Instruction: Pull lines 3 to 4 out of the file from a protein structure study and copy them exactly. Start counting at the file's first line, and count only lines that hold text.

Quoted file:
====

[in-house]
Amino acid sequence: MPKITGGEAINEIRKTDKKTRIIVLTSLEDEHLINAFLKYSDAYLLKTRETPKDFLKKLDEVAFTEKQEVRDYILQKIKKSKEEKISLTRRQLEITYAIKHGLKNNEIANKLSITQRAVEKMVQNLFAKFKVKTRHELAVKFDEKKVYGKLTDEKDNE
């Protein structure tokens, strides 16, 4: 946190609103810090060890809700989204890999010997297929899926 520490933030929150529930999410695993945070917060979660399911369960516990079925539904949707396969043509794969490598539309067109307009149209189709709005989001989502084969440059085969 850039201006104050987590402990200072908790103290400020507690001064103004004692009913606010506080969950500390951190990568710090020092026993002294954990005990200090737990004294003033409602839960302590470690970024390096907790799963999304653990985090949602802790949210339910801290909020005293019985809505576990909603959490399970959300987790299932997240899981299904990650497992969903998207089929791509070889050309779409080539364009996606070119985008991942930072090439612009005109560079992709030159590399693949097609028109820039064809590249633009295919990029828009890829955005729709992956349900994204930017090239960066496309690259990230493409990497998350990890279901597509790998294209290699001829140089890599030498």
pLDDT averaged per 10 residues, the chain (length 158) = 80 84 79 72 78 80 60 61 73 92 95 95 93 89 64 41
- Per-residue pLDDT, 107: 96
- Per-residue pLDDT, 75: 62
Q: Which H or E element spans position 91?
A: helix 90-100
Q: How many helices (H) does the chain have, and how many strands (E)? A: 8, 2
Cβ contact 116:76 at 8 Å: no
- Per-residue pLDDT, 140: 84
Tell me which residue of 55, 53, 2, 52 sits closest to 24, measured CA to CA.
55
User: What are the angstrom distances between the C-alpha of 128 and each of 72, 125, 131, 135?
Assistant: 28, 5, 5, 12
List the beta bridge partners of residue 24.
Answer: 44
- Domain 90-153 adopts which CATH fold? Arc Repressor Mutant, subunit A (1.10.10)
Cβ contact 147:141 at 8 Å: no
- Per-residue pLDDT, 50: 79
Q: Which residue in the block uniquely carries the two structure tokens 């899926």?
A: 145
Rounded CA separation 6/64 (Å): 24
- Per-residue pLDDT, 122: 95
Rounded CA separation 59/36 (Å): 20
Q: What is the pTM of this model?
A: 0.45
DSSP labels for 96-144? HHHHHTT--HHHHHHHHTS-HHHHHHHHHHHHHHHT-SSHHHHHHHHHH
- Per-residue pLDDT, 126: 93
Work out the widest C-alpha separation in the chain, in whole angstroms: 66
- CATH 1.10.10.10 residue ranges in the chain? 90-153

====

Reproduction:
């Protein structure tokens, strides 16, 4: 946190609103810090060890809700989204890999010997297929899926 520490933030929150529930999410695993945070917060979660399911369960516990079925539904949707396969043509794969490598539309067109307009149209189709709005989001989502084969440059085969 850039201006104050987590402990200072908790103290400020507690001064103004004692009913606010506080969950500390951190990568710090020092026993002294954990005990200090737990004294003033409602839960302590470690970024390096907790799963999304653990985090949602802790949210339910801290909020005293019985809505576990909603959490399970959300987790299932997240899981299904990650497992969903998207089929791509070889050309779409080539364009996606070119985008991942930072090439612009005109560079992709030159590399693949097609028109820039064809590249633009295919990029828009890829955005729709992956349900994204930017090239960066496309690259990230493409990497998350990890279901597509790998294209290699001829140089890599030498």
pLDDT averaged per 10 residues, the chain (length 158) = 80 84 79 72 78 80 60 61 73 92 95 95 93 89 64 41